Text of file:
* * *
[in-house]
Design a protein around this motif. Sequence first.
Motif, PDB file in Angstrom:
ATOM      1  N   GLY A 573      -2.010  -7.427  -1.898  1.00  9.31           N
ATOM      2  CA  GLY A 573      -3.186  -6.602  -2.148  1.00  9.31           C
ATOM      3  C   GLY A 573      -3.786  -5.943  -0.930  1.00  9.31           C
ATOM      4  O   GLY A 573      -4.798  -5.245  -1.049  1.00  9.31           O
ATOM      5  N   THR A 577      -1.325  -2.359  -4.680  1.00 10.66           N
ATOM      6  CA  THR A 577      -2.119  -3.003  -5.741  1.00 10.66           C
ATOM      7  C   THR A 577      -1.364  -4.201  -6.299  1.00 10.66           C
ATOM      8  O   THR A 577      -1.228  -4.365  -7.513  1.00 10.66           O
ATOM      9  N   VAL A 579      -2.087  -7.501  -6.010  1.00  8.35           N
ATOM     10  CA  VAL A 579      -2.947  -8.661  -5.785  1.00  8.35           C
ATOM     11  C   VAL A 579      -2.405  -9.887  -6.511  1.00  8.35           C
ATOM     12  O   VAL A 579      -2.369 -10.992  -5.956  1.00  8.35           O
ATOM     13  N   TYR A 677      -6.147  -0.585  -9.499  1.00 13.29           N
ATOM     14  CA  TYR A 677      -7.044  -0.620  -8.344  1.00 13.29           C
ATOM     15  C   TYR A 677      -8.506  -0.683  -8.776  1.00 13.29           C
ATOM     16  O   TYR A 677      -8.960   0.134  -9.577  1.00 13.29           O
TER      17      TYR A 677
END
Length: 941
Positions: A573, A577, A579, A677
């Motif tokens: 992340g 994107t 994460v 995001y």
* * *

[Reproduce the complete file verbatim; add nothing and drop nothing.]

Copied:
[in-house]
Design a protein around this motif. Sequence first.
Motif, PDB file in Angstrom:
ATOM      1  N   GLY A 573      -2.010  -7.427  -1.898  1.00  9.31           N
ATOM      2  CA  GLY A 573      -3.186  -6.602  -2.148  1.00  9.31           C
ATOM      3  C   GLY A 573      -3.786  -5.943  -0.930  1.00  9.31           C
ATOM      4  O   GLY A 573      -4.798  -5.245  -1.049  1.00  9.31           O
ATOM      5  N   THR A 577      -1.325  -2.359  -4.680  1.00 10.66           N
ATOM      6  CA  THR A 577      -2.119  -3.003  -5.741  1.00 10.66           C
ATOM      7  C   THR A 577      -1.364  -4.201  -6.299  1.00 10.66           C
ATOM      8  O   THR A 577      -1.228  -4.365  -7.513  1.00 10.66           O
ATOM      9  N   VAL A 579      -2.087  -7.501  -6.010  1.00  8.35           N
ATOM     10  CA  VAL A 579      -2.947  -8.661  -5.785  1.00  8.35           C
ATOM     11  C   VAL A 579      -2.405  -9.887  -6.511  1.00  8.35           C
ATOM     12  O   VAL A 579      -2.369 -10.992  -5.956  1.00  8.35           O
ATOM     13  N   TYR A 677      -6.147  -0.585  -9.499  1.00 13.29           N
ATOM     14  CA  TYR A 677      -7.044  -0.620  -8.344  1.00 13.29           C
ATOM     15  C   TYR A 677      -8.506  -0.683  -8.776  1.00 13.29           C
ATOM     16  O   TYR A 677      -8.960   0.134  -9.577  1.00 13.29           O
TER      17      TYR A 677
END
Length: 941
Positions: A573, A577, A579, A677
């Motif tokens: 992340g 994107t 994460v 995001y």